"Traceable accounts of uncertainty" must be provided, covering all known significant sources of uncertainty including, but not limited to, those of simulation (imprecision, ambiguity, model inadequacy...) and those identified via expert judgement.
By a “traceable account of uncertainty”, we mean a system which allows the reader to trace the path of uncertainty back to its ultimate sources; or conversely, from the (many) sources to the final statement. For example, some uncertainties may be due to measurement imprecision, some may be due to variation between models, and some may be due to inadequacies in models (among other things). The traceable account would identify the chain of uncertainty, showing how each contribution is propagated, quantifying where possible and offering descriptions elsewhere. This would give confidence in the final statement. Scientific uses of the traceable account include identifying the largest sources of uncertainty for further research.
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The traceable account is not a new concept, and although easy to describe, it is difficult to implement for large and complex bodies of work. For example, the IPCC offer a traceable account of their conclusions (not limited to uncertainty) by a system of signposting from summaries, to chapters, to journal papers in the literature on which the reports are based.
This can be detrimental to the readability at all levels. It is also an extremely challenging task to retrospectively create a traceable account of uncertainty for a large body of work. For a traceable account of uncertainty to be achievable, it must be built up piece-by-piece, with contributions in a reasonably standardised format by authors of every paper. It is unfeasible, for instance, for authors of a study of climate impacts in West Africa to have to recreate an uncertainty analysis for the global climate models on which those impacts are based, of which they probably have no more than a download of relevant variables. But, those authors must be responsible for cataloguing all of the input and output uncertainties relevant to their own study or model, so that the latter can be used by anyone building on the study.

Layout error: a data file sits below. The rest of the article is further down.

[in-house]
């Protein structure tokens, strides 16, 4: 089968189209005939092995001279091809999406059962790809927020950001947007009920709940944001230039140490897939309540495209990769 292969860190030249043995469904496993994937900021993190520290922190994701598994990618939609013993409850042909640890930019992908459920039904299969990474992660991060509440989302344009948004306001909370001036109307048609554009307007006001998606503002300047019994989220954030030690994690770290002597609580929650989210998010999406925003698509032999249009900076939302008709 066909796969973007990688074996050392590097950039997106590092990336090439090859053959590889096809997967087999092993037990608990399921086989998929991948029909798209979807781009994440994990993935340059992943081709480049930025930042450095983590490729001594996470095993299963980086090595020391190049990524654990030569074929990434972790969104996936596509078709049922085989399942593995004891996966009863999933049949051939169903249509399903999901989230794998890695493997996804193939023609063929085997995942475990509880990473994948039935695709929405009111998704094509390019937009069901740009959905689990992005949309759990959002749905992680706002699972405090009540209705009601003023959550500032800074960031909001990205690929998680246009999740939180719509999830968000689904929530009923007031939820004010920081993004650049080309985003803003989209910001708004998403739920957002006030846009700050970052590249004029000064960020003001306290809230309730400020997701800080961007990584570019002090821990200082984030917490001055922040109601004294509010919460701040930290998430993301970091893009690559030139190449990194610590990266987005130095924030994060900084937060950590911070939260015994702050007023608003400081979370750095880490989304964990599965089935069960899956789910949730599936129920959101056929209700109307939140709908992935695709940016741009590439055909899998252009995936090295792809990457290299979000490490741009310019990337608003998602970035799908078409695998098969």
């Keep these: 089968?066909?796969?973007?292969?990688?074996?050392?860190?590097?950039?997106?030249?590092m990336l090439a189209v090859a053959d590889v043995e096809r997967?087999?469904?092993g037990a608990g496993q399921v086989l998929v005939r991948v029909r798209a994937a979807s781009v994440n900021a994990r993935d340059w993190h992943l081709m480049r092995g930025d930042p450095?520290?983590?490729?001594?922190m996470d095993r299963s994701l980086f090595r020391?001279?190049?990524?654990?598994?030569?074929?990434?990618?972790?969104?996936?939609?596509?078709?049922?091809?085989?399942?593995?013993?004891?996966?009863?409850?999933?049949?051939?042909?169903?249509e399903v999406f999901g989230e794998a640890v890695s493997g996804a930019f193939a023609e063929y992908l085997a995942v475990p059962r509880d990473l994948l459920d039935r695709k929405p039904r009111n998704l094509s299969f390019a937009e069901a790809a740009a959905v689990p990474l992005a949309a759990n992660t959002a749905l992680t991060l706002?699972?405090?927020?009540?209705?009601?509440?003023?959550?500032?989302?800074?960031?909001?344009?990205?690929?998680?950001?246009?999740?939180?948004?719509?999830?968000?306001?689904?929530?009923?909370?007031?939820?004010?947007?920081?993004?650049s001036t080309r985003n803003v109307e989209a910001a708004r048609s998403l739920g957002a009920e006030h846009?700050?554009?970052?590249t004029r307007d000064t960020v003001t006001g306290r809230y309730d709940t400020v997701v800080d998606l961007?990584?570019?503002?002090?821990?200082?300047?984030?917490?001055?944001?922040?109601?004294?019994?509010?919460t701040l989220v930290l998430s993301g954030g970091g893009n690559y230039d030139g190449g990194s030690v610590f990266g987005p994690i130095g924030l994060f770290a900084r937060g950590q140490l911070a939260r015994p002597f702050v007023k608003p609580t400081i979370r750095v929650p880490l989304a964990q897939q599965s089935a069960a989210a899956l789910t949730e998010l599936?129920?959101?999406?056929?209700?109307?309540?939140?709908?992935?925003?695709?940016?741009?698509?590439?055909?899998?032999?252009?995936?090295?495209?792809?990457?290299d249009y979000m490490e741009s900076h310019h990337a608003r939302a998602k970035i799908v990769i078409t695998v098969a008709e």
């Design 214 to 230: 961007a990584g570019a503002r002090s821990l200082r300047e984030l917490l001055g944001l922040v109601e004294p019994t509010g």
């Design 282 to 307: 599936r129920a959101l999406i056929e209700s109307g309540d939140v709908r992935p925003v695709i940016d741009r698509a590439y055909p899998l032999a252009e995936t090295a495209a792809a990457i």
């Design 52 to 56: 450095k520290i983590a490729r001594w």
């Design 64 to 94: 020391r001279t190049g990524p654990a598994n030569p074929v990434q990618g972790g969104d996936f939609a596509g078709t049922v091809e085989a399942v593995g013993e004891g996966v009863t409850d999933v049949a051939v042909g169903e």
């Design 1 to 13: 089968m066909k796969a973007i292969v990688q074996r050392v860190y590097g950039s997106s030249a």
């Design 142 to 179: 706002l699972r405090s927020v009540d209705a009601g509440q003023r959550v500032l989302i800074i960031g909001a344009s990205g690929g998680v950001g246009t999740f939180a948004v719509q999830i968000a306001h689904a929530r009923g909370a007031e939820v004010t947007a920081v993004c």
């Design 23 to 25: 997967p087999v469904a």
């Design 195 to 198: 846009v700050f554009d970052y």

We have seen this confusion repeatedly from those using the outputs of global climate models (“which one is the best to use as an input for my impact model?” / “how can I decide which to use, if I only have time to do two?” / “so what is the uncertainty in the projection?” / etc). There would be huge community benefit to widespread adoption of some kind of standard, though we are not proposing a specific format here.
Lastly, traceable accounts of uncertainty allow identification of the Relevant Dominant Uncertainty (RDU), which may be of interest both to scientists (as a pointer towards fruitful avenues for further research) and to decision-makers (as an indication of where the uncertainty arises).
References and further reading
Mastrandrea, M. D., Field, C. B., Stocker, T. F., Edenhofer, O., Ebi, K. L., Frame, D. J., ... & Plattner, G. K. (2010). Guidance note for lead authors of the IPCC fifth assessment report on consistent treatment of uncertainties.
Comments on Principle 5
Hailiang Du - P05-0726
Model discrepancy is often the major source of uncertainty, yet it is difficult to account for with reasonable reliability, let alone to trace them.
In my view, discrepancy is simply not well-defined in large-scale simulation modelling; the challenges include Lorenz’s “subtractability” and uniqueness; one model-state corresponds to an infinity of initial conditions and thus an infinity of outcomes outcomes. (LAS)